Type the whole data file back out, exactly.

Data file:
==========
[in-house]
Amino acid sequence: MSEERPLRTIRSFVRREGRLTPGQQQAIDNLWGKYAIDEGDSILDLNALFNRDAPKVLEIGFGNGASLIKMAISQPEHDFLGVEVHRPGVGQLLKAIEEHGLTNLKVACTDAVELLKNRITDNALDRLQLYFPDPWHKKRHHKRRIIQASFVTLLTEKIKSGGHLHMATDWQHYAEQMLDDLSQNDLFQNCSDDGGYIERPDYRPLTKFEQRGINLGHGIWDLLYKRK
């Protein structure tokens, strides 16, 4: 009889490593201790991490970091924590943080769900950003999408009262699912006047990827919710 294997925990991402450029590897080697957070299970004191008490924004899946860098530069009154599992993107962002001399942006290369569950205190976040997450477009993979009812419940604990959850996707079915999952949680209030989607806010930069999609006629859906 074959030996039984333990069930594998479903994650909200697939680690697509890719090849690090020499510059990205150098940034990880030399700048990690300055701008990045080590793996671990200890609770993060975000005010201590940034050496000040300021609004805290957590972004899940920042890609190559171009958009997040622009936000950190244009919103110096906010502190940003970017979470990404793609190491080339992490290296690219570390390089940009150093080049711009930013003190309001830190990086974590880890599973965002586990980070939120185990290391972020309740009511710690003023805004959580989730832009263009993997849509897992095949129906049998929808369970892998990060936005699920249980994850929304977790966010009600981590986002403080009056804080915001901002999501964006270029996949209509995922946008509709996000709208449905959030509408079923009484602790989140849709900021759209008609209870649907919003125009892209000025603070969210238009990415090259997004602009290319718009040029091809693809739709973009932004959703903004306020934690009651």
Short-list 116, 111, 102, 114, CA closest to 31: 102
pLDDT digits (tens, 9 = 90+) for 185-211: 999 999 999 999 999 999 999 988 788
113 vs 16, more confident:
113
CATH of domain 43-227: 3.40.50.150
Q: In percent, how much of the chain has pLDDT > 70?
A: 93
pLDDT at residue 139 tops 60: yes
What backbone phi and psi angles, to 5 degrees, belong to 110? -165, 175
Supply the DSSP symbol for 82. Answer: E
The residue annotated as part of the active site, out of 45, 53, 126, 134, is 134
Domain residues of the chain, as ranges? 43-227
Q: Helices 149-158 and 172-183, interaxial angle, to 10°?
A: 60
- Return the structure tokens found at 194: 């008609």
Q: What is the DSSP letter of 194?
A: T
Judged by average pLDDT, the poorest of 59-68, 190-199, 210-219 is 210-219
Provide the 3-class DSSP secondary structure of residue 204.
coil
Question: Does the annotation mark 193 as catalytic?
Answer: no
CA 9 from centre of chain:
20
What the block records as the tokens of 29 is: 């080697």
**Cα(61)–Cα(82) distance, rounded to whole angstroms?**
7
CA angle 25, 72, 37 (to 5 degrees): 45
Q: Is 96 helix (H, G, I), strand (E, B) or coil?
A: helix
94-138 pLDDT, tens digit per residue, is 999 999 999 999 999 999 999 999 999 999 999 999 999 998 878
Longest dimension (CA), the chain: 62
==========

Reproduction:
[in-house]
Amino acid sequence: MSEERPLRTIRSFVRREGRLTPGQQQAIDNLWGKYAIDEGDSILDLNALFNRDAPKVLEIGFGNGASLIKMAISQPEHDFLGVEVHRPGVGQLLKAIEEHGLTNLKVACTDAVELLKNRITDNALDRLQLYFPDPWHKKRHHKRRIIQASFVTLLTEKIKSGGHLHMATDWQHYAEQMLDDLSQNDLFQNCSDDGGYIERPDYRPLTKFEQRGINLGHGIWDLLYKRK
């Protein structure tokens, strides 16, 4: 009889490593201790991490970091924590943080769900950003999408009262699912006047990827919710 294997925990991402450029590897080697957070299970004191008490924004899946860098530069009154599992993107962002001399942006290369569950205190976040997450477009993979009812419940604990959850996707079915999952949680209030989607806010930069999609006629859906 074959030996039984333990069930594998479903994650909200697939680690697509890719090849690090020499510059990205150098940034990880030399700048990690300055701008990045080590793996671990200890609770993060975000005010201590940034050496000040300021609004805290957590972004899940920042890609190559171009958009997040622009936000950190244009919103110096906010502190940003970017979470990404793609190491080339992490290296690219570390390089940009150093080049711009930013003190309001830190990086974590880890599973965002586990980070939120185990290391972020309740009511710690003023805004959580989730832009263009993997849509897992095949129906049998929808369970892998990060936005699920249980994850929304977790966010009600981590986002403080009056804080915001901002999501964006270029996949209509995922946008509709996000709208449905959030509408079923009484602790989140849709900021759209008609209870649907919003125009892209000025603070969210238009990415090259997004602009290319718009040029091809693809739709973009932004959703903004306020934690009651």
Short-list 116, 111, 102, 114, CA closest to 31: 102
pLDDT digits (tens, 9 = 90+) for 185-211: 999 999 999 999 999 999 999 988 788
113 vs 16, more confident:
113
CATH of domain 43-227: 3.40.50.150
Q: In percent, how much of the chain has pLDDT > 70?
A: 93
pLDDT at residue 139 tops 60: yes
What backbone phi and psi angles, to 5 degrees, belong to 110? -165, 175
Supply the DSSP symbol for 82. Answer: E
The residue annotated as part of the active site, out of 45, 53, 126, 134, is 134
Domain residues of the chain, as ranges? 43-227
Q: Helices 149-158 and 172-183, interaxial angle, to 10°?
A: 60
- Return the structure tokens found at 194: 């008609």
Q: What is the DSSP letter of 194?
A: T
Judged by average pLDDT, the poorest of 59-68, 190-199, 210-219 is 210-219
Provide the 3-class DSSP secondary structure of residue 204.
coil
Question: Does the annotation mark 193 as catalytic?
Answer: no
CA 9 from centre of chain:
20
What the block records as the tokens of 29 is: 């080697």
**Cα(61)–Cα(82) distance, rounded to whole angstroms?**
7
CA angle 25, 72, 37 (to 5 degrees): 45
Q: Is 96 helix (H, G, I), strand (E, B) or coil?
A: helix
94-138 pLDDT, tens digit per residue, is 999 999 999 999 999 999 999 999 999 999 999 999 999 998 878
Longest dimension (CA), the chain: 62